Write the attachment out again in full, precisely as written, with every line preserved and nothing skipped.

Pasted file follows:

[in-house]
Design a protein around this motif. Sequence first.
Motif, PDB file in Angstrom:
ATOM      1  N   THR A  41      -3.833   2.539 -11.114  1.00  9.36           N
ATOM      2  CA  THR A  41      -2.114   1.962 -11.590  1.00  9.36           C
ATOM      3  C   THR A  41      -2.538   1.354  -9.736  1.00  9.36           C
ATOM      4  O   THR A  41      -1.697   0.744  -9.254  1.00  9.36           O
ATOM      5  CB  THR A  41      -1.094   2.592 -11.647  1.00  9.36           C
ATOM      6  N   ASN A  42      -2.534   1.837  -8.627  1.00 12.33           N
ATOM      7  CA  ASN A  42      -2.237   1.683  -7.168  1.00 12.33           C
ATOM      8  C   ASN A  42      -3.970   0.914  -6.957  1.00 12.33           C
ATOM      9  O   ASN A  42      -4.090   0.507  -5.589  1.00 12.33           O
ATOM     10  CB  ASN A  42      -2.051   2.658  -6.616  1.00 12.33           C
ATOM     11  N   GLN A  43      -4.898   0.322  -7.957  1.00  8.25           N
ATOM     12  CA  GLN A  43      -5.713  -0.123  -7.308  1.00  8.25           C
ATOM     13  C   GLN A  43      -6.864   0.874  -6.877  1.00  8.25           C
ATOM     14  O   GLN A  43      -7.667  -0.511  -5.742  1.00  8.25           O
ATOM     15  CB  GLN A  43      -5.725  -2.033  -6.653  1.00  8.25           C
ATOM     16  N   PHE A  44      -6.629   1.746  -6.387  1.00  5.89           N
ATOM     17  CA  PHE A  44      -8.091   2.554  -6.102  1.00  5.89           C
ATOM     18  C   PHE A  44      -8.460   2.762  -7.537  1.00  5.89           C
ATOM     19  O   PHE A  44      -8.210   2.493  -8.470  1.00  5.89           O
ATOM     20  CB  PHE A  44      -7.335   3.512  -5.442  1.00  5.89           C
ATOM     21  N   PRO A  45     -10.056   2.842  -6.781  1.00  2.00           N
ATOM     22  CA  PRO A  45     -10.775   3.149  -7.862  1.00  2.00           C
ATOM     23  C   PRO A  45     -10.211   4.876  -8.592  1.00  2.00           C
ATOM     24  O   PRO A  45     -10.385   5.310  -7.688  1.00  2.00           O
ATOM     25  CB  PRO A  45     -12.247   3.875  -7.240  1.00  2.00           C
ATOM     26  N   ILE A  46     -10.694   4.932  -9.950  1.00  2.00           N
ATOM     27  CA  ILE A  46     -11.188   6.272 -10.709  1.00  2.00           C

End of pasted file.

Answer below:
[in-house]
Design a protein around this motif. Sequence first.
Motif, PDB file in Angstrom:
ATOM      1  N   THR A  41      -3.833   2.539 -11.114  1.00  9.36           N
ATOM      2  CA  THR A  41      -2.114   1.962 -11.590  1.00  9.36           C
ATOM      3  C   THR A  41      -2.538   1.354  -9.736  1.00  9.36           C
ATOM      4  O   THR A  41      -1.697   0.744  -9.254  1.00  9.36           O
ATOM      5  CB  THR A  41      -1.094   2.592 -11.647  1.00  9.36           C
ATOM      6  N   ASN A  42      -2.534   1.837  -8.627  1.00 12.33           N
ATOM      7  CA  ASN A  42      -2.237   1.683  -7.168  1.00 12.33           C
ATOM      8  C   ASN A  42      -3.970   0.914  -6.957  1.00 12.33           C
ATOM      9  O   ASN A  42      -4.090   0.507  -5.589  1.00 12.33           O
ATOM     10  CB  ASN A  42      -2.051   2.658  -6.616  1.00 12.33           C
ATOM     11  N   GLN A  43      -4.898   0.322  -7.957  1.00  8.25           N
ATOM     12  CA  GLN A  43      -5.713  -0.123  -7.308  1.00  8.25           C
ATOM     13  C   GLN A  43      -6.864   0.874  -6.877  1.00  8.25           C
ATOM     14  O   GLN A  43      -7.667  -0.511  -5.742  1.00  8.25           O
ATOM     15  CB  GLN A  43      -5.725  -2.033  -6.653  1.00  8.25           C
ATOM     16  N   PHE A  44      -6.629   1.746  -6.387  1.00  5.89           N
ATOM     17  CA  PHE A  44      -8.091   2.554  -6.102  1.00  5.89           C
ATOM     18  C   PHE A  44      -8.460   2.762  -7.537  1.00  5.89           C
ATOM     19  O   PHE A  44      -8.210   2.493  -8.470  1.00  5.89           O
ATOM     20  CB  PHE A  44      -7.335   3.512  -5.442  1.00  5.89           C
ATOM     21  N   PRO A  45     -10.056   2.842  -6.781  1.00  2.00           N
ATOM     22  CA  PRO A  45     -10.775   3.149  -7.862  1.00  2.00           C
ATOM     23  C   PRO A  45     -10.211   4.876  -8.592  1.00  2.00           C
ATOM     24  O   PRO A  45     -10.385   5.310  -7.688  1.00  2.00           O
ATOM     25  CB  PRO A  45     -12.247   3.875  -7.240  1.00  2.00           C
ATOM     26  N   ILE A  46     -10.694   4.932  -9.950  1.00  2.00           N
ATOM     27  CA  ILE A  46     -11.188   6.272 -10.709  1.00  2.00           C